Although it’s a lot easier to just trash everything equally, I am green enough that I picked through three garbage bags of wrappings, and sorted out two bags of wrapping paper (that I’m not positive we can recycle), one bag of tissue, newspaper, and cardboard (that I know we can recycle) and two grocery bags of plastic, including a good portion of my in-laws’ plastic storage container cupboard. I gave them glass dishes with the condition that she let me take at least an equal number of plastic, microwave-pock-marked plastic dishes and recycle them. Yes, I am that green. 😉
I didn’t grab the plastic plates from breakfast and try to rinse and reuse or recycle them, though. Sometimes family harmony is more important than landfills overflowing, so I just swallow, cringe inwardly, and turn a blind eye. (But I snuck real plates out for my family the second morning at breakfast! I’m such a rebel!) I don’t even want to know what happened to any extra baked potatoes from dinner…
Weird Gifts I Got for Christmas
First, a laugh for you. What would you do if you opened a gift from your mother-in-law and saw this:
I didn’t want to offend her in case there was something behind the gift other than what I could see, so I grinned sheepishly and looked around, stammering, “Is there something I’m missing…–Is there a story behind this?”
My mother-in-law answered, “Well, you seem to make all your cleaners, so I can’t get you soap, and I hear you even make your own deodorant, [a classic stocking stuffer at their house, where Santa continues to come and fill them for everyone age 1-70] so I didn’t really know what to get you, other than an ingredient.”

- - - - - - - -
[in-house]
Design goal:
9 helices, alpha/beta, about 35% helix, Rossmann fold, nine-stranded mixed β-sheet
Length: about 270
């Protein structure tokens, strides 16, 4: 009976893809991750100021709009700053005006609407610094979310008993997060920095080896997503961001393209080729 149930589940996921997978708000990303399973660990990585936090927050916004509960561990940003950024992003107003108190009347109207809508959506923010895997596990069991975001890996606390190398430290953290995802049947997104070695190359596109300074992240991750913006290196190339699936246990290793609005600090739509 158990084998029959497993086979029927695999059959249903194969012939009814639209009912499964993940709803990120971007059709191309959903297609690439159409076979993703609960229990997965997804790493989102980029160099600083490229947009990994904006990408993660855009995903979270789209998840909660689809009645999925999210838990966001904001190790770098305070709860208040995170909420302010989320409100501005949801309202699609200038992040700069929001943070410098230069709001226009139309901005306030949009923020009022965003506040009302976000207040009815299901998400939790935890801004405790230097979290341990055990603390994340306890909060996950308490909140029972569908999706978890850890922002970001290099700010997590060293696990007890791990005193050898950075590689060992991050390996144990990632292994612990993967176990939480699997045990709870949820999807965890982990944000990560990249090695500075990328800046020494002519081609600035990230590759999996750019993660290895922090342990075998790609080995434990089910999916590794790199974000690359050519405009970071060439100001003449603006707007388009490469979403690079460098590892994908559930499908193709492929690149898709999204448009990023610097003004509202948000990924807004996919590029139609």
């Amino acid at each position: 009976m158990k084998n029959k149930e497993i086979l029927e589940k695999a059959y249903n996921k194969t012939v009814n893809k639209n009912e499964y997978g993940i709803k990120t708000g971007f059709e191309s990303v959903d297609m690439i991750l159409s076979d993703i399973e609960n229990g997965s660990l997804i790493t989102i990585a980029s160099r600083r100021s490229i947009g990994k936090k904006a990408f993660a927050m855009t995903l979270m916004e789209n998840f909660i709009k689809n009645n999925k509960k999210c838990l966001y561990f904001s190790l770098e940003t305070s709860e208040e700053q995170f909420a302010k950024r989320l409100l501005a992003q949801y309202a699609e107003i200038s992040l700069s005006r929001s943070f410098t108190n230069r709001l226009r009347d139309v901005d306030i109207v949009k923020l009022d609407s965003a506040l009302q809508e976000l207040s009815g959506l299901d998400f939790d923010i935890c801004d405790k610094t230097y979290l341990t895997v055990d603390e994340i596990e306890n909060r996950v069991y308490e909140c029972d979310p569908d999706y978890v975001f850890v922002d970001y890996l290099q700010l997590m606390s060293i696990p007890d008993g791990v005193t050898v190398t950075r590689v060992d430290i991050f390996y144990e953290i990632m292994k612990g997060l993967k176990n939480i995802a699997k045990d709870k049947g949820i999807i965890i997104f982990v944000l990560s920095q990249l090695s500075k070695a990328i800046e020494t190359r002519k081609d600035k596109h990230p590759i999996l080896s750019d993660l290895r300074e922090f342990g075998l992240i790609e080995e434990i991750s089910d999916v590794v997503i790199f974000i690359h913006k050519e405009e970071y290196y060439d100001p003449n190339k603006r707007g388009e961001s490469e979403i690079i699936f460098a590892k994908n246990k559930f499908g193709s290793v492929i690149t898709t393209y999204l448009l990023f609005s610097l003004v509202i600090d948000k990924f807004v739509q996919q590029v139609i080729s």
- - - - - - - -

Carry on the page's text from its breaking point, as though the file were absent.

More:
This is why I dearly love my mother-in-law, in spite of our philosophical differences on material things/material waste. She does her ultimate best to give people gifts they will appreciate. Who else would receive white vinegar for Christmas and be happy about it? Yep, I’m pretty weird.
I also still received Bath and Body Works antibacterial soap and sanitizer in my stocking (so you can tell MIL doesn’t read Kitchen Stewardship, right?). I used to just use the stuff when I received it as a gift, figuring if I gave it away, it was going in the water system anyway, so I might as well just use it up. But I used to get quite a bit of Bath and Body Works soap. Last Christmas, I made a commitment to never use it again, no matter what. I like to be a bit of a rebel, and that kind of thing keeps me honest and makes me happy.
I took back last year’s loot, and I’m going to have to do the same this year. If you received antibacterial soap, I’d encourage you to do the same. Bath and Body Works, thankfully, sells the Cleanwell line of natural antibacterial soaps now. That’s about the only thing in the store I could make use of, since the shampoos and lotions all have synthetic fragrances and parabens and funky ingredients. Cleanwell is more expensive than the BBW brand soap, so I’m glad I got a few items that I can trade in for one Cleanwell! I don’t really want to give Bath and Body Works my own money, as we don’t have a very good working relationship. 😉
What did you get for Christmas to help you be greener, healthier, or more prayerful? Do share! Anything you need to bring back? Opinions on rechargeable batteries? (Are they worth it?)
Coming Soon…3 Ways to Avoid Throwing away your Christmas cards and free toy storage for all those new thingys with lots of pieces.
…And a Monday Mission – on Friday!
Be sure to get in the Skoy Cloth Giveaway before Monday at midnight – these little gems are a unique find and worth an entry!
Do you know what’s coming at KS in 2010? Lots of neat series, some new recipes, and updates from Sally Fallon on soaking grains. Read it all here.